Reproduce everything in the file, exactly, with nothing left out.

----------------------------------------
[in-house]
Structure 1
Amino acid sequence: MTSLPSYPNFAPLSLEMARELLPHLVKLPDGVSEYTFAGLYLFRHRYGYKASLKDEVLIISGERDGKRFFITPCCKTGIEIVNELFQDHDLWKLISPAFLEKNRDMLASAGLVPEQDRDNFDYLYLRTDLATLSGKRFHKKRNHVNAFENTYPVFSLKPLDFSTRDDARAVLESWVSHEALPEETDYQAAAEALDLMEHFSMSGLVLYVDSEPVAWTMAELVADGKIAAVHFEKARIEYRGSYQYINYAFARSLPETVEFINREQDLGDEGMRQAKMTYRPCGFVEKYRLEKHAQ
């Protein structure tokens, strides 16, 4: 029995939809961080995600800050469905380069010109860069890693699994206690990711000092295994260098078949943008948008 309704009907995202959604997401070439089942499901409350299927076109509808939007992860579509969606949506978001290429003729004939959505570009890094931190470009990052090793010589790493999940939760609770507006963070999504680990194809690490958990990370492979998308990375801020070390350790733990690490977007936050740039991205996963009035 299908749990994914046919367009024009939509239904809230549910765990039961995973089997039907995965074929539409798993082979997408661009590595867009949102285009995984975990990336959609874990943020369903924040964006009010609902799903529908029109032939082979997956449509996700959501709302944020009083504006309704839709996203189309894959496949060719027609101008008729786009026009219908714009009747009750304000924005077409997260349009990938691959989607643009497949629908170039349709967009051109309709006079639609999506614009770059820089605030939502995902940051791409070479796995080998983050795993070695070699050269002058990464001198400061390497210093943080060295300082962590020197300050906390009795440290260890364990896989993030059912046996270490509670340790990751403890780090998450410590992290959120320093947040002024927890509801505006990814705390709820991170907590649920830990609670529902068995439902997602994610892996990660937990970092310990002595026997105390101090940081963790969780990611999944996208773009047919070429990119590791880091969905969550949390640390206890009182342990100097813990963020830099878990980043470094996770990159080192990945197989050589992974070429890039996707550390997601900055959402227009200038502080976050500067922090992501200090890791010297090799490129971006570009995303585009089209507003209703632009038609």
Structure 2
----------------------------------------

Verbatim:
[in-house]
Structure 1
Amino acid sequence: MTSLPSYPNFAPLSLEMARELLPHLVKLPDGVSEYTFAGLYLFRHRYGYKASLKDEVLIISGERDGKRFFITPCCKTGIEIVNELFQDHDLWKLISPAFLEKNRDMLASAGLVPEQDRDNFDYLYLRTDLATLSGKRFHKKRNHVNAFENTYPVFSLKPLDFSTRDDARAVLESWVSHEALPEETDYQAAAEALDLMEHFSMSGLVLYVDSEPVAWTMAELVADGKIAAVHFEKARIEYRGSYQYINYAFARSLPETVEFINREQDLGDEGMRQAKMTYRPCGFVEKYRLEKHAQ
């Protein structure tokens, strides 16, 4: 029995939809961080995600800050469905380069010109860069890693699994206690990711000092295994260098078949943008948008 309704009907995202959604997401070439089942499901409350299927076109509808939007992860579509969606949506978001290429003729004939959505570009890094931190470009990052090793010589790493999940939760609770507006963070999504680990194809690490958990990370492979998308990375801020070390350790733990690490977007936050740039991205996963009035 299908749990994914046919367009024009939509239904809230549910765990039961995973089997039907995965074929539409798993082979997408661009590595867009949102285009995984975990990336959609874990943020369903924040964006009010609902799903529908029109032939082979997956449509996700959501709302944020009083504006309704839709996203189309894959496949060719027609101008008729786009026009219908714009009747009750304000924005077409997260349009990938691959989607643009497949629908170039349709967009051109309709006079639609999506614009770059820089605030939502995902940051791409070479796995080998983050795993070695070699050269002058990464001198400061390497210093943080060295300082962590020197300050906390009795440290260890364990896989993030059912046996270490509670340790990751403890780090998450410590992290959120320093947040002024927890509801505006990814705390709820991170907590649920830990609670529902068995439902997602994610892996990660937990970092310990002595026997105390101090940081963790969780990611999944996208773009047919070429990119590791880091969905969550949390640390206890009182342990100097813990963020830099878990980043470094996770990159080192990945197989050589992974070429890039996707550390997601900055959402227009200038502080976050500067922090992501200090890791010297090799490129971006570009995303585009089209507003209703632009038609």
Structure 2